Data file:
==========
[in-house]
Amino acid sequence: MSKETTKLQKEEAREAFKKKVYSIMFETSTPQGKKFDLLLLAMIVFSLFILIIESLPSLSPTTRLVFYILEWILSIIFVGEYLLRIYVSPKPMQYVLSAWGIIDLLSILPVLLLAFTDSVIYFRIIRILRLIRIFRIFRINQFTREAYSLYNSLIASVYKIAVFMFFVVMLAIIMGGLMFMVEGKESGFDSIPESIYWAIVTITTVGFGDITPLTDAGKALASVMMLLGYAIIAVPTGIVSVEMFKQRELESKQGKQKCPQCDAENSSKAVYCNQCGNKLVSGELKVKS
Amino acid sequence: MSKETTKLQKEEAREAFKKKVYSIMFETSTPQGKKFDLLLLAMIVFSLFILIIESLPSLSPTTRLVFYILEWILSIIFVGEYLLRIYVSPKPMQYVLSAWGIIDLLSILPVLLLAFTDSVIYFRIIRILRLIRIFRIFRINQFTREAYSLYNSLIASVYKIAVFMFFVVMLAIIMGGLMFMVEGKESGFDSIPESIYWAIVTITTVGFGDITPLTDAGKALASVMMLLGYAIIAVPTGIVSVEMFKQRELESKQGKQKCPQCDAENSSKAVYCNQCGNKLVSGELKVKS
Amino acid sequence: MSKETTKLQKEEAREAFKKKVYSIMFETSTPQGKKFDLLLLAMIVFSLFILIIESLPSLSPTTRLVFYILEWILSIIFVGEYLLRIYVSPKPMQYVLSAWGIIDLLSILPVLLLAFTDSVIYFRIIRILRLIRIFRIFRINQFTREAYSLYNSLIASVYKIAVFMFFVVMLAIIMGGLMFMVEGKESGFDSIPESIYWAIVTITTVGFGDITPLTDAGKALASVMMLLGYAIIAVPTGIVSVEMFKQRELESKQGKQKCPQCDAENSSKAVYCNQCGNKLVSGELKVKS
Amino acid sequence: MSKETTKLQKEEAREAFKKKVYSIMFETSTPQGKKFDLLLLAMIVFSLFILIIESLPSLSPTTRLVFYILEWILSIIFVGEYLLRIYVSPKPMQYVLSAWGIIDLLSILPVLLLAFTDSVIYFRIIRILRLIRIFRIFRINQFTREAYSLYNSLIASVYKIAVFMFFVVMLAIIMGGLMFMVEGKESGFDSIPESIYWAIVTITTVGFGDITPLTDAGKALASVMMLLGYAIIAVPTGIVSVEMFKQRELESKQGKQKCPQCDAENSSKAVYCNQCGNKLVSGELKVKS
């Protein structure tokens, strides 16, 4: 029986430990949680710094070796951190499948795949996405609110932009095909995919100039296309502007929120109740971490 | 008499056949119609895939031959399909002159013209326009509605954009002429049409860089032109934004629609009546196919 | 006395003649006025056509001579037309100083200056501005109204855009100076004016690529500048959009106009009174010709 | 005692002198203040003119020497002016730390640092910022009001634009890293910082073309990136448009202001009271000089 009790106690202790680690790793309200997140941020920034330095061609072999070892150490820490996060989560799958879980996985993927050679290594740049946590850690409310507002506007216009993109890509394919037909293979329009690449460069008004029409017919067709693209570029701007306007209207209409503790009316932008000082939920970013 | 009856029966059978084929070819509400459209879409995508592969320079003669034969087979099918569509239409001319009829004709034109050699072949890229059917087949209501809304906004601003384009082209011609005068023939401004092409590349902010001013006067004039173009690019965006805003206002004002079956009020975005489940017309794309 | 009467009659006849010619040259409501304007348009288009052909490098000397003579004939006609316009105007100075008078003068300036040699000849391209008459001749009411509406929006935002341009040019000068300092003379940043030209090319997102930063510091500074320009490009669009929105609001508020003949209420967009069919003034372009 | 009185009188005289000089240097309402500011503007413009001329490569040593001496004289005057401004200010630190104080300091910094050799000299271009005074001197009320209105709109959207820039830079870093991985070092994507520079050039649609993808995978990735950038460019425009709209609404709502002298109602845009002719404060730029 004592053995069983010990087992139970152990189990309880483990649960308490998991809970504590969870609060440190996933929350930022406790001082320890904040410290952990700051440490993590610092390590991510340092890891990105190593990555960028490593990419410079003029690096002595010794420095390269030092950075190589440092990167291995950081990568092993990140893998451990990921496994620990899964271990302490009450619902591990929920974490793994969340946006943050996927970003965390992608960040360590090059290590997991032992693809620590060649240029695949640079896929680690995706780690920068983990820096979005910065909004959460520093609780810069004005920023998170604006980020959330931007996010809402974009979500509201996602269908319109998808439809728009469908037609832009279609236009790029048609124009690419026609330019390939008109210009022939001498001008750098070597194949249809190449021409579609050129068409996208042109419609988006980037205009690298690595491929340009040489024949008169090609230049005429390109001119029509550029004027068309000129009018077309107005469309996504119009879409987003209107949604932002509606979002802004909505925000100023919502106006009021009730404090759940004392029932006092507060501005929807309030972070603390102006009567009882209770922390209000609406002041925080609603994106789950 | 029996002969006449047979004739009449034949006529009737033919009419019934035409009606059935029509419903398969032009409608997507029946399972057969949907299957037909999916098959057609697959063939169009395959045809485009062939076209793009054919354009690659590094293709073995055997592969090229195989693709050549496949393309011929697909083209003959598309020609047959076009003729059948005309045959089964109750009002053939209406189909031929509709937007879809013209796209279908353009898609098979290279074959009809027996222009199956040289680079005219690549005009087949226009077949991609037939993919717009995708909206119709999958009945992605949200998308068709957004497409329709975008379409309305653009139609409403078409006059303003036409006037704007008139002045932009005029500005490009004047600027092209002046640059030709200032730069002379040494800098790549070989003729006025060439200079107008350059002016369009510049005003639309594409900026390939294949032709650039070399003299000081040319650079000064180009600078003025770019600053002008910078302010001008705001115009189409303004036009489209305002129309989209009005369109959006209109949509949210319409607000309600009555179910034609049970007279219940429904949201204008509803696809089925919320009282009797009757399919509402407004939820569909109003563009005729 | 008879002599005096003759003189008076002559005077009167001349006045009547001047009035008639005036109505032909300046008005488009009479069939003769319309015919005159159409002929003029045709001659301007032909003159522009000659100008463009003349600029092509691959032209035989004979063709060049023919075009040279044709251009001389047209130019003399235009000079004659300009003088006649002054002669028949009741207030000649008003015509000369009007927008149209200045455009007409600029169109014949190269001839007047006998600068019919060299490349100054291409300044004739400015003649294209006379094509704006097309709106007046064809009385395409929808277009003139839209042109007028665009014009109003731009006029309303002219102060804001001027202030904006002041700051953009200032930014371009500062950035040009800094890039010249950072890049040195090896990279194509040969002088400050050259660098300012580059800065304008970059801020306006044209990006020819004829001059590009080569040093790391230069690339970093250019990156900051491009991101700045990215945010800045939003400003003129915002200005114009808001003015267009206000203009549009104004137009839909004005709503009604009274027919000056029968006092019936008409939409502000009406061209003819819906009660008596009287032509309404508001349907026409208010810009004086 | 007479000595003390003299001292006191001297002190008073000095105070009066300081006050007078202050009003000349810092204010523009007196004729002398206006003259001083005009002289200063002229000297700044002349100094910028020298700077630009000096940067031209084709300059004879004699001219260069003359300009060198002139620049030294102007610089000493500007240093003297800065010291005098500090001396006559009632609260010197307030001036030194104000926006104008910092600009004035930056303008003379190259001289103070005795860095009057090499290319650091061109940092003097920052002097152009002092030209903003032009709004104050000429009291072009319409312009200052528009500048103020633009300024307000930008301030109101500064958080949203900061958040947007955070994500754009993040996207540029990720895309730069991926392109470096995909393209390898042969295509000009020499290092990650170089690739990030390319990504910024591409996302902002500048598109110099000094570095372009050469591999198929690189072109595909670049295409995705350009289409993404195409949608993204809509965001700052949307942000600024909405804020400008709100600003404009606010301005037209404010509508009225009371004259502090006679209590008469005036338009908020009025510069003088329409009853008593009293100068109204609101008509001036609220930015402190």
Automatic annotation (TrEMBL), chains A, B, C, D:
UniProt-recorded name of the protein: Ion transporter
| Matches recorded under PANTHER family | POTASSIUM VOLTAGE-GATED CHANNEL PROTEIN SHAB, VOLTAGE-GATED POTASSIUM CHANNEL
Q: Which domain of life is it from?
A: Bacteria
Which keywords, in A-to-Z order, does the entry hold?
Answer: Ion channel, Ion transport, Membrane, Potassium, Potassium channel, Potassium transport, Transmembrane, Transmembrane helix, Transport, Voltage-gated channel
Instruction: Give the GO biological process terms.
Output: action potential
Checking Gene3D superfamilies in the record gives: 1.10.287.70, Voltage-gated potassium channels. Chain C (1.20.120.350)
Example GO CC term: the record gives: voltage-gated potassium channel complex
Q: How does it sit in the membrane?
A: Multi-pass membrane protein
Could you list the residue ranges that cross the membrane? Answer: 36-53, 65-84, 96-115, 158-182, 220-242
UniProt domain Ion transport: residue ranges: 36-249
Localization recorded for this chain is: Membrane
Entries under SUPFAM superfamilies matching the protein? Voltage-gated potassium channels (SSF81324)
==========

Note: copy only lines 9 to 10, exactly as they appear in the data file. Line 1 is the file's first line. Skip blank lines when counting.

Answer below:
| Matches recorded under PANTHER family | POTASSIUM VOLTAGE-GATED CHANNEL PROTEIN SHAB, VOLTAGE-GATED POTASSIUM CHANNEL
Q: Which domain of life is it from?